spin


spin
I.
/spɪn / (say spin)

verb (spun or, Archaic, span, spun, spinning)
verb (t)
1. to make (yarn) by drawing out, twisting, and winding fibres.
2. to form (any material) into thread.
3. (of spiders, silkworms, etc.) to produce (a thread, cobweb, gossamer, silk, etc.) by extruding from the body a long, slender filament of a natural viscous matter that hardens in the air.
4. to cause to turn round rapidly, as on an axis; twirl; whirl: to spin a coin on a table.
5. to play (a record or CD).
6. (of a DJ) to use (records) in the creation of dance music.
7. (in sheet metalwork) to shape into hollow, rounded form, during rotation on a lathe or wheel, by pressure with a suitable tool.
8. to produce, fabricate, or evolve in a manner suggestive of spinning thread, as a story.
9. Colloquial to give a desired slant to (a story) in the media so as to ensure a good reception from the public.
10.
a. Cricket (of a bowler) to cause (the ball) to revolve on its axis so that on bouncing it changes direction or speed.
b. Tennis, etc. to hit (the ball) so that it behaves thus.
11. Two-up to toss (the coins).
verb (i)
12. to turn round rapidly, as on an axis, as the earth, a top, etc.
13. to produce a thread from the body, as spiders, silkworms, etc.
14. to move, go, run, ride, or travel rapidly.
15. to be affected with a sensation of whirling, as the head.
16. to fish with a spinning or revolving bait.
noun
17. the act of causing a spinning or whirling motion.
18. a playing of a record or CD.
19. Two-up the tossing of the coins into the air: I'll bet on the next spin.
20. a spinning motion given to a ball or the like when thrown or struck.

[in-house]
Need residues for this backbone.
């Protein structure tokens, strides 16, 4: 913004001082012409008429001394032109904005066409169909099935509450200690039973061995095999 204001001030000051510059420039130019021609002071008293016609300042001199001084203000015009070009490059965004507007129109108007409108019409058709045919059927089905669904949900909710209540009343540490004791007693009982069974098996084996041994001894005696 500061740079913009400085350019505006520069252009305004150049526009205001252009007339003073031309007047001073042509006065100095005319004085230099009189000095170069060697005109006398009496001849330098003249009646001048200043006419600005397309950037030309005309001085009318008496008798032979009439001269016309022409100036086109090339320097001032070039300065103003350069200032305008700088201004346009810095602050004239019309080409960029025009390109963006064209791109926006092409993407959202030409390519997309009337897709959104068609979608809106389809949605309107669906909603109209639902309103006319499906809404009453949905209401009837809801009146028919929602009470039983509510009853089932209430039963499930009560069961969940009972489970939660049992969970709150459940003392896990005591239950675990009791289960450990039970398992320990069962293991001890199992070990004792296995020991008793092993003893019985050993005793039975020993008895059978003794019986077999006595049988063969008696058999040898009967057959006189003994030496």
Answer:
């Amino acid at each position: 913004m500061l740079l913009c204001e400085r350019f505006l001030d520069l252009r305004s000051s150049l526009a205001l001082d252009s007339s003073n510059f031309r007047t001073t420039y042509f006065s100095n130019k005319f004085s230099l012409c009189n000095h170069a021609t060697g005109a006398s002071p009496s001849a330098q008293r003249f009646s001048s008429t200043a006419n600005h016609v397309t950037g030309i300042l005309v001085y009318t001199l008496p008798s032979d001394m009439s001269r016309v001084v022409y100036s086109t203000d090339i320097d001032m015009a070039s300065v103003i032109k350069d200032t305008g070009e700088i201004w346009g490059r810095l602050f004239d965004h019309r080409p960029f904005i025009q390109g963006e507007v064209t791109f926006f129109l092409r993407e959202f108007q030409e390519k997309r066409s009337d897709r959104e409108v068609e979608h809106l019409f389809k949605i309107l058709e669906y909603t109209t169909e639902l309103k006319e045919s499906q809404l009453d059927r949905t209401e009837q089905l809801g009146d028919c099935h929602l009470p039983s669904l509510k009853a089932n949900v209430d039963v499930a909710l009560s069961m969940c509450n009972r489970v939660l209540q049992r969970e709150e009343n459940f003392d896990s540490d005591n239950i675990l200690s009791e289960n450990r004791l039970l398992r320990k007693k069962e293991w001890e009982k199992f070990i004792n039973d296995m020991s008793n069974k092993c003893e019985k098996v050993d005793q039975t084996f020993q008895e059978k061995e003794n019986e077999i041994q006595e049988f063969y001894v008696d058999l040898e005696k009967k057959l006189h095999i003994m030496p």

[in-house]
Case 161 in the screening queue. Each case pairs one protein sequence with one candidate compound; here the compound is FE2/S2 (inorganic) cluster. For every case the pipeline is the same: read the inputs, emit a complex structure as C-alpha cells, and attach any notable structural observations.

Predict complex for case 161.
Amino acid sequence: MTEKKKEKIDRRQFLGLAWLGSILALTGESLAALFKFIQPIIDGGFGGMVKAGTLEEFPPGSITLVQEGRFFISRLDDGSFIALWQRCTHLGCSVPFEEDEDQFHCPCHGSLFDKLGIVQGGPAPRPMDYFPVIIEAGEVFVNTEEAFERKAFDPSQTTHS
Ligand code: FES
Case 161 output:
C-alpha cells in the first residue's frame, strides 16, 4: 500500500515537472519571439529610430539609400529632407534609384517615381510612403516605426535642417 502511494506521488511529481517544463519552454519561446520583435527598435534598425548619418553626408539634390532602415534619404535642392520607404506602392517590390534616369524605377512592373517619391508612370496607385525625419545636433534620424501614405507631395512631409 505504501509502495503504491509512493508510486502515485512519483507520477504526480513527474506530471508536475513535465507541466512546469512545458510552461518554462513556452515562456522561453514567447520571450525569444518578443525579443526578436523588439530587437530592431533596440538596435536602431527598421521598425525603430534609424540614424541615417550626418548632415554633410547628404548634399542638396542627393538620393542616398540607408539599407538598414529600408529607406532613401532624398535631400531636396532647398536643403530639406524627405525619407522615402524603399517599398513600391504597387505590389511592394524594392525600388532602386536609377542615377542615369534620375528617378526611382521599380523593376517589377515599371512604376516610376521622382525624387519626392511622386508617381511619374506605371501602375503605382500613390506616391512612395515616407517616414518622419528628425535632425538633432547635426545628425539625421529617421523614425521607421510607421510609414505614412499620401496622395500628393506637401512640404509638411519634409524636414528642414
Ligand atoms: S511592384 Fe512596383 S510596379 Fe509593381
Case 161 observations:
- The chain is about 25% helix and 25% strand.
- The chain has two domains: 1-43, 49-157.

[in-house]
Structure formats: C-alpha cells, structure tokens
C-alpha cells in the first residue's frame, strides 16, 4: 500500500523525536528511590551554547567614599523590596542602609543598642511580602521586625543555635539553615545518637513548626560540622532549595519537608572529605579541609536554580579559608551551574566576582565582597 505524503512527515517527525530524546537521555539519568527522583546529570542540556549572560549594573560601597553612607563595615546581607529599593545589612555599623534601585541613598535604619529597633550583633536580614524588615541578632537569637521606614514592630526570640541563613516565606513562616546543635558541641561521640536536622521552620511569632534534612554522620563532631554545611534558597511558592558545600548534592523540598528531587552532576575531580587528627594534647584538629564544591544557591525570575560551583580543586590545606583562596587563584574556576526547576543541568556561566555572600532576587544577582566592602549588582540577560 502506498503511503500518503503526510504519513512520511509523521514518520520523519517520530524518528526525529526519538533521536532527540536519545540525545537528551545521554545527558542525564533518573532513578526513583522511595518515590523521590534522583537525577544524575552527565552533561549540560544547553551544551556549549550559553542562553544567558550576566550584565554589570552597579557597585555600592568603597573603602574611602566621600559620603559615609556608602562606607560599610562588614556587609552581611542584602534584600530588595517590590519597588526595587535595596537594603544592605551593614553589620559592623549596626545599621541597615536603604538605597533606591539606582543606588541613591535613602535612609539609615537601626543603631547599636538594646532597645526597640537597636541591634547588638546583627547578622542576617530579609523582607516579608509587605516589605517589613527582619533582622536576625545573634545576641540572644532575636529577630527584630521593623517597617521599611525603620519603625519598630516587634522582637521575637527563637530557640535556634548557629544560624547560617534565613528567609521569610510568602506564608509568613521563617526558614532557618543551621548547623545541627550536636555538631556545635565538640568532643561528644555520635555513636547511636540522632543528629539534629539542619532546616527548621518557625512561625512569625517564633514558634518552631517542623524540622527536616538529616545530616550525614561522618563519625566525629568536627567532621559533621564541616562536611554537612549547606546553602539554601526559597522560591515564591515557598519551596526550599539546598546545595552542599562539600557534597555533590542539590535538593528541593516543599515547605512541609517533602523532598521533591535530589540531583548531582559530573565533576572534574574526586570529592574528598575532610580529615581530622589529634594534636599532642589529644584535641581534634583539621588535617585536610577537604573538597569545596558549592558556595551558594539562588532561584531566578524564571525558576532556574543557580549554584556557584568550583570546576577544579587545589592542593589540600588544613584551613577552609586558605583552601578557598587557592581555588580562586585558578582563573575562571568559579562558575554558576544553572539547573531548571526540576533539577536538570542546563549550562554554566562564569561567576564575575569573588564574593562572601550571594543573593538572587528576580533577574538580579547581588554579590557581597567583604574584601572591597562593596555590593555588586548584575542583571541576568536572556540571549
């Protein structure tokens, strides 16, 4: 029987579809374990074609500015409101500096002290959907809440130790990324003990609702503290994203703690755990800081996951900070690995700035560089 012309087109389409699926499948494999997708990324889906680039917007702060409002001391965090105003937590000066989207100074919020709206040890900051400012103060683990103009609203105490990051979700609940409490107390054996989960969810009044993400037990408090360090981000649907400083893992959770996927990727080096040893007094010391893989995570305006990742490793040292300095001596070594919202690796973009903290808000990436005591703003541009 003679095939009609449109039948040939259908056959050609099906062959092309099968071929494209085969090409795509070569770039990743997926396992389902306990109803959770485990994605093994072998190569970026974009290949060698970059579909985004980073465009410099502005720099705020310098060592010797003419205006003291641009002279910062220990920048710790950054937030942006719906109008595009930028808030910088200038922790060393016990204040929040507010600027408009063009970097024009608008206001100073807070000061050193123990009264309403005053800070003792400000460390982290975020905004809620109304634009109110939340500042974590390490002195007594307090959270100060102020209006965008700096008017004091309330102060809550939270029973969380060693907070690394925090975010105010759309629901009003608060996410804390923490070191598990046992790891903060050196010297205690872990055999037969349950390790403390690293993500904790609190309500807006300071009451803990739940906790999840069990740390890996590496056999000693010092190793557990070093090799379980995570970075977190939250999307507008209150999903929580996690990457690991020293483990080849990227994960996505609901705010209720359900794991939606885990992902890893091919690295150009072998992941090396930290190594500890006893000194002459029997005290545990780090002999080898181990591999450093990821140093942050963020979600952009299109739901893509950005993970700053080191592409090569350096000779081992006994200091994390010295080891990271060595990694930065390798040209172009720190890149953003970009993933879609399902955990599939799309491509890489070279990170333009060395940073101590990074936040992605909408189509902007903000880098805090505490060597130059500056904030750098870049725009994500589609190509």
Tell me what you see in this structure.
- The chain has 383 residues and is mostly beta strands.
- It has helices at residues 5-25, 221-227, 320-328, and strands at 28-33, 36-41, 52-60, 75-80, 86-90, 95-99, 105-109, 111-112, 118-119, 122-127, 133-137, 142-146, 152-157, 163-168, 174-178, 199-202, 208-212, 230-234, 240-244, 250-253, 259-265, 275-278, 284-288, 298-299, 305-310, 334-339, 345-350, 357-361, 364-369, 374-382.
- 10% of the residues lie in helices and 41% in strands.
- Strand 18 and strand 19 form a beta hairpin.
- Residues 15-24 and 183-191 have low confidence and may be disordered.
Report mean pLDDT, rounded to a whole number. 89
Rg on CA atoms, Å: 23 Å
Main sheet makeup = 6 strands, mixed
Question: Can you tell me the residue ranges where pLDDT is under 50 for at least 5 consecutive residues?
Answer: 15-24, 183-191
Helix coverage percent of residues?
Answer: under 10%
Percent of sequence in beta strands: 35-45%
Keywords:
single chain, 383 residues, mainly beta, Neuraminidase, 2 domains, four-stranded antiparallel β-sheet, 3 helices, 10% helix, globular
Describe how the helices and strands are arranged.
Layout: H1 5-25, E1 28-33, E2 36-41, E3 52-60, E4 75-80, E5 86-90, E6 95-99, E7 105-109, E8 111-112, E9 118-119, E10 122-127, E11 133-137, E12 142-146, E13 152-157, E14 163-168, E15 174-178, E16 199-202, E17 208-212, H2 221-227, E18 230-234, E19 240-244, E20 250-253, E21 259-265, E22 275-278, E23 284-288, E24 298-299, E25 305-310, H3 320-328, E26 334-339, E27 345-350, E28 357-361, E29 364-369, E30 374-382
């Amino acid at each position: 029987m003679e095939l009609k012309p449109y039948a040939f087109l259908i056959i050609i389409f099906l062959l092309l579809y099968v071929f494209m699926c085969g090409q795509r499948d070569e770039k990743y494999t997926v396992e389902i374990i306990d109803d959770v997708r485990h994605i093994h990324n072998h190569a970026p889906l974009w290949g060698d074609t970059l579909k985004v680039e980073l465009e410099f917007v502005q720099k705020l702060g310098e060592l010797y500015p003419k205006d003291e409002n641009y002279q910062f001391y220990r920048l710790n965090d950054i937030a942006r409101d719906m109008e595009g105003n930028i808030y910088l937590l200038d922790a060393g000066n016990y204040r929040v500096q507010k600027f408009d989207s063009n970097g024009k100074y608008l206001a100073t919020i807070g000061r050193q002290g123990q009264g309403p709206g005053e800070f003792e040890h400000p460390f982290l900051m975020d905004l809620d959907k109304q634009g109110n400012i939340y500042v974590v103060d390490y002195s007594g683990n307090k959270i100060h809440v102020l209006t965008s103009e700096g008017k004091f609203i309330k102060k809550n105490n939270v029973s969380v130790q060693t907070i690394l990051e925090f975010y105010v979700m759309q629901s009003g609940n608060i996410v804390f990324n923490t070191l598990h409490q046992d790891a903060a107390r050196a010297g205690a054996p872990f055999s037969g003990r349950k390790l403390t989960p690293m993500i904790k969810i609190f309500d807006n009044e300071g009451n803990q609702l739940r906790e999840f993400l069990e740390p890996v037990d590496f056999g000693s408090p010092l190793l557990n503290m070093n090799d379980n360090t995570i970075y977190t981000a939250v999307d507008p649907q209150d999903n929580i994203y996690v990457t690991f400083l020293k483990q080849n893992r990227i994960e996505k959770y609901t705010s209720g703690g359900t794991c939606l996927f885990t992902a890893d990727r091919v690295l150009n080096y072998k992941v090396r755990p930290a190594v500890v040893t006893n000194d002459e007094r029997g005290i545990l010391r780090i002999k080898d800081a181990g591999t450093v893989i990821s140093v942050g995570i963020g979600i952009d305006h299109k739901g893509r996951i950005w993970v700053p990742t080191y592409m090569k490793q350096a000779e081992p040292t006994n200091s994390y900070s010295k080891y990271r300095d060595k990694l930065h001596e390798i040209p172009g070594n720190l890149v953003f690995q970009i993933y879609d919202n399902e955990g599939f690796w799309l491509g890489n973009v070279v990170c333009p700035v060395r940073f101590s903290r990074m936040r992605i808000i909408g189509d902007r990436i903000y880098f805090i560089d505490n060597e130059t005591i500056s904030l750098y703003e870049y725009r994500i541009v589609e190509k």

21. Aeronautics a condition of stalled flight in which the aircraft is rotating about all its axes simultaneously; tailspin.
22. a moving or going rapidly along.
23. a rapid run, ride, drive, or the like, as for exercise or enjoyment.
24. the exercise of pedalling on a stationary exercise bike.
25. Physics the angular momentum of a molecule, atom, or particle, when it has no velocity of translation.
26. Colloquial a state of confusion or excitement.
27. Colloquial experience or chance generally: a rough spin; a fair spin.
28. Colloquial the particular slant deliberately given to a media story so as to achieve the desired outcome in terms of public awareness and acceptance.
phrase
29. a rough spin, Colloquial a bad experience; unfair treatment. {Phrase Origin: from two-up, where the spin is the toss of the coins, and thence signifies a run of luck}
30. spin a yarn,
a. to tell a tale.
b. to tell a false or improbable story or version of an event.
31. spin out,
a. to draw out, protract, or prolong: to spin out a story tediously.
b. to spend (time, one's life, etc.).
c. to make last, as money; eke out.
d. Colloquial to lose control of a vehicle with the result that the vehicle spins off the road.
e. Colloquial to have an extreme reaction; lose control of oneself.
f. Two-up to lose the right to continue spinning the coins by throwing a pair of tails.
32. spin someone out, Colloquial to cause someone to feel extremely apprehensive.
{Middle English spinne(n), Old English spinnan}
II.
[c]/spɪn / (say spin)

noun Colloquial
1. (formerly) the sum of £5.
2. the sum of $5.
3. Prison a prison sentence of five years' duration.
{abbreviation spinnaker}

Australian English dictionary. 2014.

Synonyms:

Look at other dictionaries:

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